Back in October 2014, the company shipped a device driver that checked the authenticity of USB chips claiming to be FTDI. If it detected a non-original chip, the driver would stop the host operating system seeing the device by setting its USB product ID to 0.
That release led to criticism that the company was penalising people who didn't know they had an infringing product.
I kinda like that as a solution -- it's certainly better than interfering with the data stream -- but wouldn't it have been better if FTDI had registered a second USB vendor ID as "Fake FTDI", and set the USB device ID of any non-original chip to that code?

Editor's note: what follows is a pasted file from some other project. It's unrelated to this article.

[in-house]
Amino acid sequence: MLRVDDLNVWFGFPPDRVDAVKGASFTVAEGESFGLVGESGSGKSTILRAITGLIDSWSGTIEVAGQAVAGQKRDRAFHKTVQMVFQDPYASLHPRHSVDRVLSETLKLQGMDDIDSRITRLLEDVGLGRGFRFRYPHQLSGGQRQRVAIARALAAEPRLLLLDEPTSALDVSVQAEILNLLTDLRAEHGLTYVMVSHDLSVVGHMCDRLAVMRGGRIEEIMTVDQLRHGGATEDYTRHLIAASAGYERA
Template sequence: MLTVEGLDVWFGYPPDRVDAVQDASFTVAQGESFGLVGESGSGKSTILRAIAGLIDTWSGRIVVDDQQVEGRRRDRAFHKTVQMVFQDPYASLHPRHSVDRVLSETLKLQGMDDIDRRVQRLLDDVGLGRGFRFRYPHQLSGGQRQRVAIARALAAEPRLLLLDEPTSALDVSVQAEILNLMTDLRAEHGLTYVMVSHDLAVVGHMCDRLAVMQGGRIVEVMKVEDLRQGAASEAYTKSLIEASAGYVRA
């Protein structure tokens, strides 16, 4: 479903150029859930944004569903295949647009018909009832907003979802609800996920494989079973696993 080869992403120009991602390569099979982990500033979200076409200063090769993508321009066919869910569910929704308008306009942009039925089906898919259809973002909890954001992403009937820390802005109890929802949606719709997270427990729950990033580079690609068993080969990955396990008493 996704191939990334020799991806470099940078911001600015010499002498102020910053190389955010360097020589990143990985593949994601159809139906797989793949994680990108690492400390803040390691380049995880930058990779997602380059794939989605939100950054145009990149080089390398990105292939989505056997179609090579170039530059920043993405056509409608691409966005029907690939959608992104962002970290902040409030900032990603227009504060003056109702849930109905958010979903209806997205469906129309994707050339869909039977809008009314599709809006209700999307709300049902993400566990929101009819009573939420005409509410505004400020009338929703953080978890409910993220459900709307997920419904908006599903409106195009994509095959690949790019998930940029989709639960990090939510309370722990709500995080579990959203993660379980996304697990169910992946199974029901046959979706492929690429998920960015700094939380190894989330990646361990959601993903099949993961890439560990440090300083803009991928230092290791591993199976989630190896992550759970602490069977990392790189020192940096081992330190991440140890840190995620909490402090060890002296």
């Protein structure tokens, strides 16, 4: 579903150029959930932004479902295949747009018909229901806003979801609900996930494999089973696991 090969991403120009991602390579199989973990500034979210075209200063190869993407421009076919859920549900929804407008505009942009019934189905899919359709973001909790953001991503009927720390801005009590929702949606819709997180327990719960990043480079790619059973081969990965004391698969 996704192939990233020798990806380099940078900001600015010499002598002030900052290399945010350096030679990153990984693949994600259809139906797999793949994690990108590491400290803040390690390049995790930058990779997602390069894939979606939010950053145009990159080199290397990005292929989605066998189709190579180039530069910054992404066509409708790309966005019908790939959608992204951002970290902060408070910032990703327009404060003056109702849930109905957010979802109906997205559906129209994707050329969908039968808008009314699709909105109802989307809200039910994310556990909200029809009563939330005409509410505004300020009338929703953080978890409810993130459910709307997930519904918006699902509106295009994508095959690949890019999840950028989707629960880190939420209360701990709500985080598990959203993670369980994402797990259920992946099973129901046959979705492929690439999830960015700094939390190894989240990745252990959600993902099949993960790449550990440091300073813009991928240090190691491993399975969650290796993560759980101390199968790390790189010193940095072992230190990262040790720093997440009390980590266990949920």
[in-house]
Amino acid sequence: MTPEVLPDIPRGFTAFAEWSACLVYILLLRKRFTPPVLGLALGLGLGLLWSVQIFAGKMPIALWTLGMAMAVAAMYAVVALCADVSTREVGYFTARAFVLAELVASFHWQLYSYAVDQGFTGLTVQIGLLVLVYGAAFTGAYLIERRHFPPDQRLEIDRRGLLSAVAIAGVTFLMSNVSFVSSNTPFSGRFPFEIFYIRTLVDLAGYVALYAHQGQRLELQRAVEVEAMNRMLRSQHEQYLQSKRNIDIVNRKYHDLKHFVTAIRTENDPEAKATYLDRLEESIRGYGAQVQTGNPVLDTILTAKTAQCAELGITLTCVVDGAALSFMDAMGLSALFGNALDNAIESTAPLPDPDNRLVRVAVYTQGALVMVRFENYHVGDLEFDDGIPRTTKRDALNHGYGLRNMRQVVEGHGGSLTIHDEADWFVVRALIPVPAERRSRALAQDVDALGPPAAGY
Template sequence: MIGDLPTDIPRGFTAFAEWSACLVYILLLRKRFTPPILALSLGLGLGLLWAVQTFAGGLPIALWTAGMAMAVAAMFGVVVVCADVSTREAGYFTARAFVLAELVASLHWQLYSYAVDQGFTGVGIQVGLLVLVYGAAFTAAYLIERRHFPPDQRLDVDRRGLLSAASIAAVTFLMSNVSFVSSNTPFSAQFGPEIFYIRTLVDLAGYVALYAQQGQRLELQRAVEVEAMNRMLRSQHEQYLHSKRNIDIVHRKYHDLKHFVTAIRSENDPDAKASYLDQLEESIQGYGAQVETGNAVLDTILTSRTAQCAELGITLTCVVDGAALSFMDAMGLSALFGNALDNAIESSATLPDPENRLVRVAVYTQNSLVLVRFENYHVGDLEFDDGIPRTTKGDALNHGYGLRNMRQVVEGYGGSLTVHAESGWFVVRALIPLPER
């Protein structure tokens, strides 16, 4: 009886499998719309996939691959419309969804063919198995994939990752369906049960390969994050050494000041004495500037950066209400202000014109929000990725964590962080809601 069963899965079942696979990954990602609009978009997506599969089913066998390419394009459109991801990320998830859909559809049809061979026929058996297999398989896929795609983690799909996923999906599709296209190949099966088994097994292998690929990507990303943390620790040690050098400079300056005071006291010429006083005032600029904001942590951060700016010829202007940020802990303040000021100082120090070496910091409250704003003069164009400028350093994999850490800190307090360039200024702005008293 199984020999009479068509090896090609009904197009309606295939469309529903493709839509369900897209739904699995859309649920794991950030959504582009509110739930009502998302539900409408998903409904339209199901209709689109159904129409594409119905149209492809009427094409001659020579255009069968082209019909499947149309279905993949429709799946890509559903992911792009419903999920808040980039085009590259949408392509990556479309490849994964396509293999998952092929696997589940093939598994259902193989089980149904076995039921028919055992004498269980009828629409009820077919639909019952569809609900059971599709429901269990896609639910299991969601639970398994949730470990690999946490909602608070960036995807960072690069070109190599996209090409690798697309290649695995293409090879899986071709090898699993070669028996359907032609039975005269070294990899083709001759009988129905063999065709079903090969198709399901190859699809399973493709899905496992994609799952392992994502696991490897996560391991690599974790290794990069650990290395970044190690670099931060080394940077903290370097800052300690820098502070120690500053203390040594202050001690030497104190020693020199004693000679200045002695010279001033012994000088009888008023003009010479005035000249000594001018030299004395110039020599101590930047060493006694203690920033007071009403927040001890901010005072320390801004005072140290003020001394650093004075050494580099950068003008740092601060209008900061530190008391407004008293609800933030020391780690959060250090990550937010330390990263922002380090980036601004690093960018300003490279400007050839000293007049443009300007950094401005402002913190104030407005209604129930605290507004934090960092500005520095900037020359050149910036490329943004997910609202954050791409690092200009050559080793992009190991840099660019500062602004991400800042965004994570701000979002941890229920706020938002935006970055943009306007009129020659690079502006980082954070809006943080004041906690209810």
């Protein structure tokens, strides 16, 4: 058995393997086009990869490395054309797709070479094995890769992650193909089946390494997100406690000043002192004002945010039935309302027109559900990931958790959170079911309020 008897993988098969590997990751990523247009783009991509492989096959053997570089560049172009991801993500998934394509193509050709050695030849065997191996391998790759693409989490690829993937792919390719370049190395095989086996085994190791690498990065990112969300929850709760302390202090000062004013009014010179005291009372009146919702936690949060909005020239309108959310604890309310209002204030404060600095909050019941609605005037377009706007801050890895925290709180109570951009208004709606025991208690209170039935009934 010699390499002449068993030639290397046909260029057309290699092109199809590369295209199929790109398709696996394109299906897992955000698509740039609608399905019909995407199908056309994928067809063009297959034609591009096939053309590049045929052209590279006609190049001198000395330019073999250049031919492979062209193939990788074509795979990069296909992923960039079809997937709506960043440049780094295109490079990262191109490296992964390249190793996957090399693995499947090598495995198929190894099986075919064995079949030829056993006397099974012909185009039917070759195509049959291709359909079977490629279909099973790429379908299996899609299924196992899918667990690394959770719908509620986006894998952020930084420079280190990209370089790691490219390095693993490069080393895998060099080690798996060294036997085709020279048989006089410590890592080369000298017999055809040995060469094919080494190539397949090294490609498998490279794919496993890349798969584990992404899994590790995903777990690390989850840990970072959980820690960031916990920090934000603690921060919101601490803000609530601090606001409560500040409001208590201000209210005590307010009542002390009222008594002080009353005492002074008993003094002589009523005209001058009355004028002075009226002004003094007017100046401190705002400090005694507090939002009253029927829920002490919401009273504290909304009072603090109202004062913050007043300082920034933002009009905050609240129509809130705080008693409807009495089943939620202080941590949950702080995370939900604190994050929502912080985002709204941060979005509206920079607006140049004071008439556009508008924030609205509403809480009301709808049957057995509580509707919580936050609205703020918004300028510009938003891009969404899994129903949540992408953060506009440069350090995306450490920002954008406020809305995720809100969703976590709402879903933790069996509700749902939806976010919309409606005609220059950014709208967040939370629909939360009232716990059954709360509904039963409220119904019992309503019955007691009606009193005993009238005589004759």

The device would continue to work, but any system tools like Device Manager on Windows or lsusb on Linux would display the fact that the hardware was non-original, and questions would be asked.
... then again, I wonder why the driver even installs if there is no genuine hardware for it to drive. FTDI could have saved themselves a world of trouble by simply not recognizing fake hardware.